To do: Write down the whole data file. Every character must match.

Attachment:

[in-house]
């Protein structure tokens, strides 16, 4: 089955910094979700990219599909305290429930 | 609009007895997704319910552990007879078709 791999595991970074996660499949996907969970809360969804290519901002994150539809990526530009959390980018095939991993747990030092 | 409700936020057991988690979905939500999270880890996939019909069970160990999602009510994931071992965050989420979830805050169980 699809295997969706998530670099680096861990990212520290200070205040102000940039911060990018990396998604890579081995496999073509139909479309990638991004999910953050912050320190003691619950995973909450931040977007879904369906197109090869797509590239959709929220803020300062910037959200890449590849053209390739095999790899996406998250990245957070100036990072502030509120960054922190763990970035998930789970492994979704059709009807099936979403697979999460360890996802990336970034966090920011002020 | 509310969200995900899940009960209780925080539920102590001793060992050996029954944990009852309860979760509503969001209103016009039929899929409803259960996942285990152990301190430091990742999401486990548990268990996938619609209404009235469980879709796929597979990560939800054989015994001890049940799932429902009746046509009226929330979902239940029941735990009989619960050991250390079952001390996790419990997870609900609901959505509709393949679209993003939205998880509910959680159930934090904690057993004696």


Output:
[in-house]
């Protein structure tokens, strides 16, 4: 089955910094979700990219599909305290429930 | 609009007895997704319910552990007879078709 791999595991970074996660499949996907969970809360969804290519901002994150539809990526530009959390980018095939991993747990030092 | 409700936020057991988690979905939500999270880890996939019909069970160990999602009510994931071992965050989420979830805050169980 699809295997969706998530670099680096861990990212520290200070205040102000940039911060990018990396998604890579081995496999073509139909479309990638991004999910953050912050320190003691619950995973909450931040977007879904369906197109090869797509590239959709929220803020300062910037959200890449590849053209390739095999790899996406998250990245957070100036990072502030509120960054922190763990970035998930789970492994979704059709009807099936979403697979999460360890996802990336970034966090920011002020 | 509310969200995900899940009960209780925080539920102590001793060992050996029954944990009852309860979760509503969001209103016009039929899929409803259960996942285990152990301190430091990742999401486990548990268990996938619609209404009235469980879709796929597979990560939800054989015994001890049940799932429902009746046509009226929330979902239940029941735990009989619960050991250390079952001390996790419990997870609900609901959505509709393949679209993003939205998880509910959680159930934090904690057993004696």